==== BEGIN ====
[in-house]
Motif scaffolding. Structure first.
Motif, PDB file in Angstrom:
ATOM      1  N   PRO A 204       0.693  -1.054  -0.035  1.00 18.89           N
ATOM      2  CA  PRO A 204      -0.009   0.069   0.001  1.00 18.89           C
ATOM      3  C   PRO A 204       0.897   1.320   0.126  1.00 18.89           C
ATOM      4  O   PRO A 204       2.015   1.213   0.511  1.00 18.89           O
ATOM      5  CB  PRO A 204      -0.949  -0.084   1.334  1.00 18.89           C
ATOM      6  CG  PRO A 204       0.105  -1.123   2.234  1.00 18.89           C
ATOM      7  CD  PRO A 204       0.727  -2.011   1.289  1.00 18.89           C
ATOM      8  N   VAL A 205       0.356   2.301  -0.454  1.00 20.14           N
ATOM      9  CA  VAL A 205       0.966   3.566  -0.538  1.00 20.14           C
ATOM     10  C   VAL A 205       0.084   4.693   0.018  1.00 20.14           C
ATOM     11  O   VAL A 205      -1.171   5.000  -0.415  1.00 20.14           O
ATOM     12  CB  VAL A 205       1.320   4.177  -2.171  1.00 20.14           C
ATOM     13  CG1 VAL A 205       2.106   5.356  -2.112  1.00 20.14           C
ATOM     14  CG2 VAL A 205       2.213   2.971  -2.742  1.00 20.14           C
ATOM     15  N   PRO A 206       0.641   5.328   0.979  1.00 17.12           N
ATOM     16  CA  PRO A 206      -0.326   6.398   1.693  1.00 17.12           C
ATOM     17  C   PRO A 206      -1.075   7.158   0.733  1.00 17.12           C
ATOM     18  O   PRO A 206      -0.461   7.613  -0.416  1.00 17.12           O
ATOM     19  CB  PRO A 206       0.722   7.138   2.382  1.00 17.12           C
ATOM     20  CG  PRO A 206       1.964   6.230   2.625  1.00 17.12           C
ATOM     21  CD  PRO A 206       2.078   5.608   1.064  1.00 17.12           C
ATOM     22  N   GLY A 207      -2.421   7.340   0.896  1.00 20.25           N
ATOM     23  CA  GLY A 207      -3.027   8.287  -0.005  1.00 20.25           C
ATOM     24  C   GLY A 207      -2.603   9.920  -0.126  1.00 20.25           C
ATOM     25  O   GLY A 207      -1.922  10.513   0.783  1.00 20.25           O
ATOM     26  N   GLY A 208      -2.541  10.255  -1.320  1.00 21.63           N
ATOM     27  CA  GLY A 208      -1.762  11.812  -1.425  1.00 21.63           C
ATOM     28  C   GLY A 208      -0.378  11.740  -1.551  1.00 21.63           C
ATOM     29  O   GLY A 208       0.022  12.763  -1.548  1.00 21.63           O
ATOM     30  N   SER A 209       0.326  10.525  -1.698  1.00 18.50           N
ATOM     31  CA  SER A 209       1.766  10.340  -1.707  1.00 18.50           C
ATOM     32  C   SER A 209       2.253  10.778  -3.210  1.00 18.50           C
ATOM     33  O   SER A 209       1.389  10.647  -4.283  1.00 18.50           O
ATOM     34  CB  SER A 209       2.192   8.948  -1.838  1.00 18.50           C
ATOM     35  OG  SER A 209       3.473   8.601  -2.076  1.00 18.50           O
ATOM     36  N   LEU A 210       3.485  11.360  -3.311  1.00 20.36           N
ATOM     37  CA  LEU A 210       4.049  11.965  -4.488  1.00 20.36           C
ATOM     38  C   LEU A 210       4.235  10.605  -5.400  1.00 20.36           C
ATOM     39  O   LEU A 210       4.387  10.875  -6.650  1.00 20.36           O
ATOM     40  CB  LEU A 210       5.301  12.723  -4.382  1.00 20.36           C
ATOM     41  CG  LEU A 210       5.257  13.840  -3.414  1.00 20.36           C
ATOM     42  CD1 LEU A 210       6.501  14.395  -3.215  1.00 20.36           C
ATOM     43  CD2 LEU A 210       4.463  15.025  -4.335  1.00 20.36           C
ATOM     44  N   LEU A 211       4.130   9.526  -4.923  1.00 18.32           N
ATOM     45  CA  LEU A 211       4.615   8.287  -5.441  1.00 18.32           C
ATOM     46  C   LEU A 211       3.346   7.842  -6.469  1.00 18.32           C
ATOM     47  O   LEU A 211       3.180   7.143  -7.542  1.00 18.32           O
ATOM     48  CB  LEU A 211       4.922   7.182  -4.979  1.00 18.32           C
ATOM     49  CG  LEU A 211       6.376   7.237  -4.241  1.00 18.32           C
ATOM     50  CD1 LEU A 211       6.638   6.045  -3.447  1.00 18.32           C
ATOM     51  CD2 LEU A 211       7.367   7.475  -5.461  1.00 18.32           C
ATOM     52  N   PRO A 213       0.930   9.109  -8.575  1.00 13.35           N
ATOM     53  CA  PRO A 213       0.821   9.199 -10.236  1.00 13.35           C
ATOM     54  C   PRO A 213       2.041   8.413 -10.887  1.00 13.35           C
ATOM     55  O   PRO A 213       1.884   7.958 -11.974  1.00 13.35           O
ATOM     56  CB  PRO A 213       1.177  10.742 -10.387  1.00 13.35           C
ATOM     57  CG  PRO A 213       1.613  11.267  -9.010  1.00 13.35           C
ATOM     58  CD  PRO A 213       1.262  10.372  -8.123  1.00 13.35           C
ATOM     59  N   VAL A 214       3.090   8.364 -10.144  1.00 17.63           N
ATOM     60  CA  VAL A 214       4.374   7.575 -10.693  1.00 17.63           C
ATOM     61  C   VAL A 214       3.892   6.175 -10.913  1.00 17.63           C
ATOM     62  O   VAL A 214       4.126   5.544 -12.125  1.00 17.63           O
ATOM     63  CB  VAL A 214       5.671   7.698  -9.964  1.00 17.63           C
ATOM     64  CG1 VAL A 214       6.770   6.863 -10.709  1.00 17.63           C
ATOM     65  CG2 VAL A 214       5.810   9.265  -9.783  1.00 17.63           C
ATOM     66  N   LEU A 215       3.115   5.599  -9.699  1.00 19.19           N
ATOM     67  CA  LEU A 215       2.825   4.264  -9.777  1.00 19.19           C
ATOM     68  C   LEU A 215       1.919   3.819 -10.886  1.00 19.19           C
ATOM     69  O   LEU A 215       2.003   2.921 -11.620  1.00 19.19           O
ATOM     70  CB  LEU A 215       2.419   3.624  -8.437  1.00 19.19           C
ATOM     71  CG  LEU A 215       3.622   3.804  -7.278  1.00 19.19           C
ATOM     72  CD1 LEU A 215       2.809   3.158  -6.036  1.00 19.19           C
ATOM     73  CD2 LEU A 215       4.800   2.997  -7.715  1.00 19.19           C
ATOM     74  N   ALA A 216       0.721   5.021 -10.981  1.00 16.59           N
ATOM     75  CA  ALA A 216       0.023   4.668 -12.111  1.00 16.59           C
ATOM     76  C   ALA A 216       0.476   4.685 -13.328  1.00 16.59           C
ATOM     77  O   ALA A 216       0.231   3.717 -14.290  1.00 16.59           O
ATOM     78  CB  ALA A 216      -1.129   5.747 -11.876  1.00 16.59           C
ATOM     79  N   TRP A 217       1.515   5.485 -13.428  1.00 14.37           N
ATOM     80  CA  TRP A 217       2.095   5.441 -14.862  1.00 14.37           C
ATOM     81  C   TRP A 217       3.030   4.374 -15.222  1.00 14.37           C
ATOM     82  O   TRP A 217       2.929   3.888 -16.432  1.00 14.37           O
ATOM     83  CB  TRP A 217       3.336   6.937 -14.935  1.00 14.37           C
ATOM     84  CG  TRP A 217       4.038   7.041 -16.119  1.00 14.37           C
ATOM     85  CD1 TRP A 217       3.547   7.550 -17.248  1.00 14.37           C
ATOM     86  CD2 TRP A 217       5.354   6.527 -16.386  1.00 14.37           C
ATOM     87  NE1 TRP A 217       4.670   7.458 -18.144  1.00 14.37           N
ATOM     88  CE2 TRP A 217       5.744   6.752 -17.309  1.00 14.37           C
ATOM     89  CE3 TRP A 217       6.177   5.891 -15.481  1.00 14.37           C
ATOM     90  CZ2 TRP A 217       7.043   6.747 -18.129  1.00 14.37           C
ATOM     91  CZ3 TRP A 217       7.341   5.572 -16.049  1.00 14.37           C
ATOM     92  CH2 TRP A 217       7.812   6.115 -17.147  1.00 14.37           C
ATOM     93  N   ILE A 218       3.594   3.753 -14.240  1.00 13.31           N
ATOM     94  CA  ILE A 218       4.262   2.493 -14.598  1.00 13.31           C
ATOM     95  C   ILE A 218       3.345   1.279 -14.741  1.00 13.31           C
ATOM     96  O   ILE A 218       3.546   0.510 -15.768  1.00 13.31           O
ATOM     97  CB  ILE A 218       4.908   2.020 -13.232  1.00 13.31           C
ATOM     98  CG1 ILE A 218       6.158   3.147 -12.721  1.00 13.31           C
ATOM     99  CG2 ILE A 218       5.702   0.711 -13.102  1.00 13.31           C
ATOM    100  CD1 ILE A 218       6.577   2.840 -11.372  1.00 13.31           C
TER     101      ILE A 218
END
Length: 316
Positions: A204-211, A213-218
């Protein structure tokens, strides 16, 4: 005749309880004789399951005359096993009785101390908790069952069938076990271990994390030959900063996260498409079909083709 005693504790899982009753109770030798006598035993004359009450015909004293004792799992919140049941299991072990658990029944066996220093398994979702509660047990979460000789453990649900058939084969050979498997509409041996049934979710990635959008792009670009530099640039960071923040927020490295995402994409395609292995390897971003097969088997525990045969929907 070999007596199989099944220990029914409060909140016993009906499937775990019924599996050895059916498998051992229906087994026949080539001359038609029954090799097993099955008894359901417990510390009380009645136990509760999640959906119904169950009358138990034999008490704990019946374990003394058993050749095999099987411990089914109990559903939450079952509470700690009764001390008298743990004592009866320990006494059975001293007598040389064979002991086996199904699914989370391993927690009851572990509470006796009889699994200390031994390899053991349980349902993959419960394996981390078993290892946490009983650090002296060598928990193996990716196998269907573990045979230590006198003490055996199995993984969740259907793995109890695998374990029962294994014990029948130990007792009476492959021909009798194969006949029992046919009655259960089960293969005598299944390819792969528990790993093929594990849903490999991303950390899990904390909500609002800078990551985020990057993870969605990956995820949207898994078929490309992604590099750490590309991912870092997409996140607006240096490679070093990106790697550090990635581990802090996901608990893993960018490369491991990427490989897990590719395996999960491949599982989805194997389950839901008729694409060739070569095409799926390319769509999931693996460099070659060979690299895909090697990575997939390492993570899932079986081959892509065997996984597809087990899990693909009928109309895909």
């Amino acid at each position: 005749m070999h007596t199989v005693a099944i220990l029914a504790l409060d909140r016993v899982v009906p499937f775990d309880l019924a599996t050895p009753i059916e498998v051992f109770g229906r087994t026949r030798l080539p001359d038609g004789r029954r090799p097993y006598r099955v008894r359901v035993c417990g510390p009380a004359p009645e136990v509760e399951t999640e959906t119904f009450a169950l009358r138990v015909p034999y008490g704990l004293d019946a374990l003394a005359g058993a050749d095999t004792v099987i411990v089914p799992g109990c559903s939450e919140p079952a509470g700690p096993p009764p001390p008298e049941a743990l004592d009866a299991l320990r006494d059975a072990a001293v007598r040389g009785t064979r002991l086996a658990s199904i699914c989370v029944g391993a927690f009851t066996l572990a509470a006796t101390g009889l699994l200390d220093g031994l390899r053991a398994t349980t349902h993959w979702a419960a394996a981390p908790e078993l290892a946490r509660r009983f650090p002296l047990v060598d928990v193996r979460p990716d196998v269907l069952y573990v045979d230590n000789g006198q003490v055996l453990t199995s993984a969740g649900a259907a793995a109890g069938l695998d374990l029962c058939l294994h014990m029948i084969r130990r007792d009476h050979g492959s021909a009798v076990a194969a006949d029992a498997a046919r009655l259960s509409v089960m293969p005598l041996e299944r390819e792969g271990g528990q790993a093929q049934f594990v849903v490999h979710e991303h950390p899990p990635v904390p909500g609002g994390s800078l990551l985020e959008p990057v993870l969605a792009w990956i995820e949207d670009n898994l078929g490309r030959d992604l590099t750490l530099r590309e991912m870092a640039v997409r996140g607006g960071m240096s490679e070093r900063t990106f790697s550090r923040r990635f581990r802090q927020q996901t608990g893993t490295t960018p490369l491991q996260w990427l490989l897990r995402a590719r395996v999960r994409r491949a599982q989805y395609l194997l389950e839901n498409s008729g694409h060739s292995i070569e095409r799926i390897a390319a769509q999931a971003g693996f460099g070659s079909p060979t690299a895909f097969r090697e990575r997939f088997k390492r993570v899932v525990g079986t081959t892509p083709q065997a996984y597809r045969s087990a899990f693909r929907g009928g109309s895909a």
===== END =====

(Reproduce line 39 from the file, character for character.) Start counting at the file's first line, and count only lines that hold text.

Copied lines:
ATOM     36  N   LEU A 210       3.485  11.360  -3.311  1.00 20.36           N